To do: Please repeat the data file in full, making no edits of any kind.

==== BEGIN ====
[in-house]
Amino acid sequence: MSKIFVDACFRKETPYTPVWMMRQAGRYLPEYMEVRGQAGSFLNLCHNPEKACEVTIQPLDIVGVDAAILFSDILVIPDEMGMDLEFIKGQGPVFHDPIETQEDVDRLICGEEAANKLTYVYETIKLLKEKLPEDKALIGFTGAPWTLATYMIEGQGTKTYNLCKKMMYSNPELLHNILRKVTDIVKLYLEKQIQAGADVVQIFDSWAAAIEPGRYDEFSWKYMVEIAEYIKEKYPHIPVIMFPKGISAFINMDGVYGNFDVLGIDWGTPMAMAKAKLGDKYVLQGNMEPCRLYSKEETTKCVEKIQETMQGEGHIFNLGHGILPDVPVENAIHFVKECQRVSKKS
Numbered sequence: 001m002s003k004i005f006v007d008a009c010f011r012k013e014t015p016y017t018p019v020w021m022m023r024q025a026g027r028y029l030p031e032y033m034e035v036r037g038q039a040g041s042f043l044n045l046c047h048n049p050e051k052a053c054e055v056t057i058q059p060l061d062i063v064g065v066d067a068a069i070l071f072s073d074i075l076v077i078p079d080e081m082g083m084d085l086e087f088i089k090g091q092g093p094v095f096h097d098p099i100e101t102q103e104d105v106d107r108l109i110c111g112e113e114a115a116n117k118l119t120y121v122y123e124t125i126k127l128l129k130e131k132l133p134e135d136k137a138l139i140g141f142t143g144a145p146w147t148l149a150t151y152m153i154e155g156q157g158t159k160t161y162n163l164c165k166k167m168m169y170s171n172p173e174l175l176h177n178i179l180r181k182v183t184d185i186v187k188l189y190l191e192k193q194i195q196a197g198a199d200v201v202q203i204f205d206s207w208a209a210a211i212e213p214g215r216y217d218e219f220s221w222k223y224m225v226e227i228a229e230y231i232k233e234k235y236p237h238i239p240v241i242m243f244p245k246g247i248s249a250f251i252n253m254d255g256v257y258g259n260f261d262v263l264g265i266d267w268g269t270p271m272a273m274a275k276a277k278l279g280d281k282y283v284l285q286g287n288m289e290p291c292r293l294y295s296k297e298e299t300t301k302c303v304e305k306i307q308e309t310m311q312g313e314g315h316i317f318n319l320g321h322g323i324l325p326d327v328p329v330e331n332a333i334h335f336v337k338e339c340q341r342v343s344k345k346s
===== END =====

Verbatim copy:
[in-house]
Amino acid sequence: MSKIFVDACFRKETPYTPVWMMRQAGRYLPEYMEVRGQAGSFLNLCHNPEKACEVTIQPLDIVGVDAAILFSDILVIPDEMGMDLEFIKGQGPVFHDPIETQEDVDRLICGEEAANKLTYVYETIKLLKEKLPEDKALIGFTGAPWTLATYMIEGQGTKTYNLCKKMMYSNPELLHNILRKVTDIVKLYLEKQIQAGADVVQIFDSWAAAIEPGRYDEFSWKYMVEIAEYIKEKYPHIPVIMFPKGISAFINMDGVYGNFDVLGIDWGTPMAMAKAKLGDKYVLQGNMEPCRLYSKEETTKCVEKIQETMQGEGHIFNLGHGILPDVPVENAIHFVKECQRVSKKS
Numbered sequence: 001m002s003k004i005f006v007d008a009c010f011r012k013e014t015p016y017t018p019v020w021m022m023r024q025a026g027r028y029l030p031e032y033m034e035v036r037g038q039a040g041s042f043l044n045l046c047h048n049p050e051k052a053c054e055v056t057i058q059p060l061d062i063v064g065v066d067a068a069i070l071f072s073d074i075l076v077i078p079d080e081m082g083m084d085l086e087f088i089k090g091q092g093p094v095f096h097d098p099i100e101t102q103e104d105v106d107r108l109i110c111g112e113e114a115a116n117k118l119t120y121v122y123e124t125i126k127l128l129k130e131k132l133p134e135d136k137a138l139i140g141f142t143g144a145p146w147t148l149a150t151y152m153i154e155g156q157g158t159k160t161y162n163l164c165k166k167m168m169y170s171n172p173e174l175l176h177n178i179l180r181k182v183t184d185i186v187k188l189y190l191e192k193q194i195q196a197g198a199d200v201v202q203i204f205d206s207w208a209a210a211i212e213p214g215r216y217d218e219f220s221w222k223y224m225v226e227i228a229e230y231i232k233e234k235y236p237h238i239p240v241i242m243f244p245k246g247i248s249a250f251i252n253m254d255g256v257y258g259n260f261d262v263l264g265i266d267w268g269t270p271m272a273m274a275k276a277k278l279g280d281k282y283v284l285q286g287n288m289e290p291c292r293l294y295s296k297e298e299t300t301k302c303v304e305k306i307q308e309t310m311q312g313e314g315h316i317f318n319l320g321h322g323i324l325p326d327v328p329v330e331n332a333i334h335f336v337k338e339c340q341r342v343s344k345k346s